Taking time to come afresh to very familiar Scriptures is one of the best gifts you can give yourself this advent season. To help grow a sense of expectancy that God has something to reveal to you once more through his Word, we have provided some guiding questions to ponder this passage and it’s application in your own life.
Luke 1:26-38 (TNIV)
In the sixth month of Elizabeth’s pregnancy, God sent the angel Gabriel to Nazareth, a town in Galilee, to a virgin pledged to be married to a man named Joseph, a descendant of David. The virgin’s name was Mary. The angel went to her and said, “Greetings, you who are highly favored! The Lord is with you.”
Mary was greatly troubled at his words and wondered what kind of greeting this might be. But the angel said to her, “Do not be afraid, Mary, you have found favor with God. You will conceive and give birth to a son, and you are to call him Jesus. He will be great and will be called the Son of the Most High. The Lord God will give him the throne of his father David, and he will reign over the house of Jacob forever; his kingdom will never end.”
“How will this be,” Mary asked the angel, “since I am a virgin?”
The angel answered, “The Holy Spirit will come on you, and the power of the Most High will overshadow you. So the holy one to be born will be called the Son of God. Even Elizabeth your relative is going to have a child in her old age, and she who was said to be unable to conceive is in her sixth month. For no word from God will ever fail.”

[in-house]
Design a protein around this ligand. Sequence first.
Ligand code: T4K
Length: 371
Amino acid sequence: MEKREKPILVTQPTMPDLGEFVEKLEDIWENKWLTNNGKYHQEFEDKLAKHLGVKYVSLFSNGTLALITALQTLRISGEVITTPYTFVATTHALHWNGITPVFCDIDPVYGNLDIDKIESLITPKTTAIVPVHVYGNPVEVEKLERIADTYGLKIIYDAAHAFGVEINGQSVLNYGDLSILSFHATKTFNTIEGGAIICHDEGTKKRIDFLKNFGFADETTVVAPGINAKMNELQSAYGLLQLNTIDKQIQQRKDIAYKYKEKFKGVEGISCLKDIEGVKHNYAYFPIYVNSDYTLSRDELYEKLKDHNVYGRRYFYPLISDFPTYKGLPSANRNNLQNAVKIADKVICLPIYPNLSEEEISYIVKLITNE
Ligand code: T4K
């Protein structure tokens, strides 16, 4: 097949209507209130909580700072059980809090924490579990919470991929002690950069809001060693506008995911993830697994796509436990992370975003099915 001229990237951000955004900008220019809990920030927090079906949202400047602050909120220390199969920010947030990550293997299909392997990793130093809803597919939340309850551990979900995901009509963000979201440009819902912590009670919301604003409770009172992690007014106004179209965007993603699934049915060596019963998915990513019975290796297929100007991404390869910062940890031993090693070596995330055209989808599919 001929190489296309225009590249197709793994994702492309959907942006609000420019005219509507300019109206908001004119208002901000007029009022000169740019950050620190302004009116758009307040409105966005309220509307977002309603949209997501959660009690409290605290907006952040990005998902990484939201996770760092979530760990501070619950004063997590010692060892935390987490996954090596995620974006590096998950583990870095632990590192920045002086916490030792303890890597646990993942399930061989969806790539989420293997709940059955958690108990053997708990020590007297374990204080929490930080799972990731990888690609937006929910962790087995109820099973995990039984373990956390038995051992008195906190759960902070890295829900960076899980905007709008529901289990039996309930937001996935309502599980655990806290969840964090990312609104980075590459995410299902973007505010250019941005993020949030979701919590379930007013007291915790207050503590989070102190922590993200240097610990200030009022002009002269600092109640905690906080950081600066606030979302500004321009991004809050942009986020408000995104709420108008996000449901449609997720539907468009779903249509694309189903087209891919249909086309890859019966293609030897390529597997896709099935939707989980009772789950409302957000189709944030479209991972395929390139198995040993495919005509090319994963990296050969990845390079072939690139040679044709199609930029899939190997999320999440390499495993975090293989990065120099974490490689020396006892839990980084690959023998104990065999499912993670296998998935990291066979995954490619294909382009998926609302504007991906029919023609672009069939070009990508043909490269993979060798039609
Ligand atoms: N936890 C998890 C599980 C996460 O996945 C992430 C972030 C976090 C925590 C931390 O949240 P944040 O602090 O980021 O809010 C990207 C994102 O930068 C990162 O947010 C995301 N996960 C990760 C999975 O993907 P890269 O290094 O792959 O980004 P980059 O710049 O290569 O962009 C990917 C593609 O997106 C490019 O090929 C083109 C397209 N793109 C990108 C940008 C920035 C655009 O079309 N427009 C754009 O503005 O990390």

“I am the Lord’s servant,” Mary answered. “May it be to me according to your word.” Then the angel left her.
1. This passage shows a pattern of God initiating and Mary responding. What are the ways in this passage you see God initiating? What progression of responses are seen in Mary? What do you imagine might have helped prepare her to so quickly surrender herself to this call?
2. Mary was being called to breathtaking privilege and unspeakable pain. In what ways does God give comfort and provision to Mary in this passage? What promises is she given?
3. God chooses to not circumvent the process. Mary must go through the pregnancy and childbirth in order to bring about the culmination of this calling. How might the process prepare her for the call (and further calls on her life?)
1. Where do you resonate with Mary’s call? Where do you see disconnect between your experience and Mary’s?
2. What is it that fills up your space for God? Why do you think this is so?
3. What has God called you to in the past? What new thing might God want to birth in you? What kind of response does that elicit in you?
4. What might you need to let go of or lay down to make space for God to do the work God desires to do through you? What sense do you have of God’s promises and provision in the midst of that call? What promises or provision might you pray for God to supply in order that his work may be accomplished through you?
For further reflection on this passage, read the dramatic interpretations of Mary written by Jerusha Neal, and first performed at our “Finding Space for God” conference for Women in the Academy & Professions.